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Need Help Playing Jazz

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  1. bingefeller
    Member

    Well guys, I've been trying on and off for a number of years now to play jazz and I just can't do it! I have bought books with Pat Metheny transcriptions, Joe Pass transcriptions etc and I just can't even get close to the rythms of phrasing of those guys at any decent speed! I have a Jim Hall Signature Licks book and I can play some stuff at slow tempos, but when it comes to ramping up the speed a little I just can't do it! It's funny because I'm a rock guitarist I can actually find it easier to play most rock stuff, with even more complex phrasing, than jazz tunes. What's going on here?

    I have jazz chord books too and I can play the chords and I remember their names, it's just the lead playing that I can't get.
    I know a lot of guys say tap your foot on 2 and 4 but I always go back to 1 and 3 and I think this could be part of my problem! I just cannot manage fast tempos with tapping on 2 and 4.

    What should I do?

  2. guitar1025
    Member

    Hey bingefeller,

    The best piece of advice I can offer you is. . .relax. Don't try to take on too much to start with. I remember when I became interested in jazz I used to listen to Pat Metheny and think "the stuff he's playing is physically impossible."

    I have a Jim Hall Signature Licks book and I can play some stuff at slow tempos, but when it comes to ramping up the speed a little I just can't do it!

    There is absolutely nothing wrong with starting slow. Whenever I'm trying to learn ANYTHING new, I put the metronome on an obnoxiously low setting. I then practice it over and over again until I don't have to think about it. Then I move the metronome up 10-20 clicks and repeat. Eventually you'll get to a tempo where you can't play it and then you back up 5-10 clicks and move forward at smaller increments.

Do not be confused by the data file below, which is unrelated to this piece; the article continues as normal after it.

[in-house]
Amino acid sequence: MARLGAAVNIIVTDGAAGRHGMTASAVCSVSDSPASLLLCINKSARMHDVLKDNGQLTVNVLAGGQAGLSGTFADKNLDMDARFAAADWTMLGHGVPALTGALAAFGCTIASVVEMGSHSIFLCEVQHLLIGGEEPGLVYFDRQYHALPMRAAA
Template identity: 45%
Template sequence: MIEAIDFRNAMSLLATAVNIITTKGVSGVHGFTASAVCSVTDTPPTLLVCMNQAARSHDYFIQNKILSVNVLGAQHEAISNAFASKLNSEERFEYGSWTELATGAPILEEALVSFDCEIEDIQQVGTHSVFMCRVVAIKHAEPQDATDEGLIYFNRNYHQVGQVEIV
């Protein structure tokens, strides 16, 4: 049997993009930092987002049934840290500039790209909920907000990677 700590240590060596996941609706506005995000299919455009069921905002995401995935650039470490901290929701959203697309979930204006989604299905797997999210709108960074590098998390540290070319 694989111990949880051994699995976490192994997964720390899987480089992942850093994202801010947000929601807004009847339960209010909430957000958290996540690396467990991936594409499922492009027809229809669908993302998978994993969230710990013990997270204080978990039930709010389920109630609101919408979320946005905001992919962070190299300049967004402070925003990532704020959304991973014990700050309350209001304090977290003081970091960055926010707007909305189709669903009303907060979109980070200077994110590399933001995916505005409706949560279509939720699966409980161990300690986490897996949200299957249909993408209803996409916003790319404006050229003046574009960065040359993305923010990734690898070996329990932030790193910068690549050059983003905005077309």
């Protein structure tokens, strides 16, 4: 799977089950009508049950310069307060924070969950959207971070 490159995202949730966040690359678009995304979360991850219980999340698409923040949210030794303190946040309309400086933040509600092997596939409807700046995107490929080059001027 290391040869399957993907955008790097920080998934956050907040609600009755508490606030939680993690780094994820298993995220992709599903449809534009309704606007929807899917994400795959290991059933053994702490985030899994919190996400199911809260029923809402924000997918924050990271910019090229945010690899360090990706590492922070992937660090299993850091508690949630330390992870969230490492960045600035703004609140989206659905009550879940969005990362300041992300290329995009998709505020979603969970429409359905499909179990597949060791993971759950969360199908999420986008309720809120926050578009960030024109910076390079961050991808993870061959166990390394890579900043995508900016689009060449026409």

Start simple. You don't even have to start with a guitar solo. Try transcribing some Miles Davis stuff from the 50's (Milestones, Kind of Blue, etc.). There are not a whole lot of notes to deal with AND it's a textbook of swing feel. Even if you only learn a solo a few bars at a time, concentrating on placing each note in the right spot in those few bars will do wonders for you instead of "trying" to get through licks from a book.

    I personally don't subscribe to using lick/transcription books. I feel that learning a lick/solo from a book, you lose the context. Personally, I internalize things much better when I hear music within the context of things rather than just notes on a page. This is not to say that the books don't serve a purpose for me. I think the books are a good place to devise exercises for yourself.

    As far as using the metronome, I always use it on 2 and 4 (. . .for swing, anyway). I know it takes some people a while to get used to feeling it but I used to be a drummer so it came naturally to me with the whole "hi hat on 2 and 4" thing. When I practice things at faster tempos (I'd say anything north of 250), I switch it to 1 and 3.